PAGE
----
Okay. Well, yeah, so there’s this still face experiment where there’s a video that’s out that’s quite popular, and this is a mother and a baby having the serve and return interactions, and they’re having this [00:13:00] great time, and the mom is responding to the baby, then the baby’s reacting to her, the mom looks where the baby’s pointing, so she’s following the baby’s lead, it’s all beautiful.
And then the experimenter asks the mother to just not react. Have a still face. And what you see very quickly start to happen is the baby’s dysregulated. Why aren’t you responding to me? I can’t get you engaged. And her body language changed. She starts screeching. She points to try to get the parent to do that again.
And the mom is not responding. And this baby is just totally, you can see all the body language totally dysregulated. Crying and threshing in her seat and that kind of thing. And then the experimenters ask her to, to re engage and it’s so hard to watch. I know, I kind of hate that video. Yes, yes. [00:14:00] And when she re engages, it takes a little bit until the baby comes back to the synchronization together.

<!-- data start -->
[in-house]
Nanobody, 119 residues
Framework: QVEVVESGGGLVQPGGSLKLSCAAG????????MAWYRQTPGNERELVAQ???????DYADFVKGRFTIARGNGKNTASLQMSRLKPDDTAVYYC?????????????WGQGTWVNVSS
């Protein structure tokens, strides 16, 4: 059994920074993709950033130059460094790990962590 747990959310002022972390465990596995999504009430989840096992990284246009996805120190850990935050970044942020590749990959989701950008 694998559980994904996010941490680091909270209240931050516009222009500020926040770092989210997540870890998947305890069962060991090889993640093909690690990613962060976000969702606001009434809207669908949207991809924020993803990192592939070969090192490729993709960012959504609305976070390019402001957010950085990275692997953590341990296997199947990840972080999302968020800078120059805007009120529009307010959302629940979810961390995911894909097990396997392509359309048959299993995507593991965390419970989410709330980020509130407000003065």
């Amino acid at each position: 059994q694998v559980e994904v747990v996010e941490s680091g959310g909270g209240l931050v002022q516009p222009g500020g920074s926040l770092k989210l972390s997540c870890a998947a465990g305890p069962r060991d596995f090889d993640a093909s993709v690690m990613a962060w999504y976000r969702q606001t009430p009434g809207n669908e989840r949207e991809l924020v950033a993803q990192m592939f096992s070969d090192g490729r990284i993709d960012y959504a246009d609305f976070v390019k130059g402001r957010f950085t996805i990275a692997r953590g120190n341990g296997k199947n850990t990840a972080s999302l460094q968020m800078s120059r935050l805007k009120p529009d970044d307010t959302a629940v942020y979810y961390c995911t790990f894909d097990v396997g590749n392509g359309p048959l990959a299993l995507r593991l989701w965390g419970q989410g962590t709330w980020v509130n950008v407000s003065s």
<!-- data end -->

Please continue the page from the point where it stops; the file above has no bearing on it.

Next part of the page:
And she comforts the baby and she touches the baby and she starts talking to the baby again. And then the baby. Re engages with her. Right. So bringing that up is that if you’re on your phone, you’re actually doing a still face. Yeah, it’s, I will put the link to that, to that YouTube video on the show notes of this episode, because it is.
It is very, very informative and hard to watch, but just so you know, if you’re listening to this, it only lasts. I mean, she only has that still face for 30 seconds. I mean, they don’t, they don’t torture this poor baby, but it still feels like torture to me to see them crying like that. It does, it does. Yeah.
You know, it is kind of a good hard truth of. Of how important our engagement is, [00:15:00] and it’s not that we have to be 100 percent on all the time, but if it gets. Dis synchronized or unsynchronized, just the restoration of it is what’s important to, to keep top of mind. That’s it. That’s it. That restoration is key.
Um, that disruption and then repair. The repair part is, is so critically important. And yeah, we’re human. We’re, we’re busy. There’s all kinds of things going on. There might be other children. There’s things all day long. Demanding our attention. So just having the awareness, like I said, like you made the point.
We’re not perfect. We’re not going to be engaged every single second and recognizing that, but When we do engage what is important to look for, right? And I think I’m not going to say this precisely, but I think I read recently that it’s like, if you can just get it right, like, 30 percent of the time, [00:16:00] everything’s going to be just great.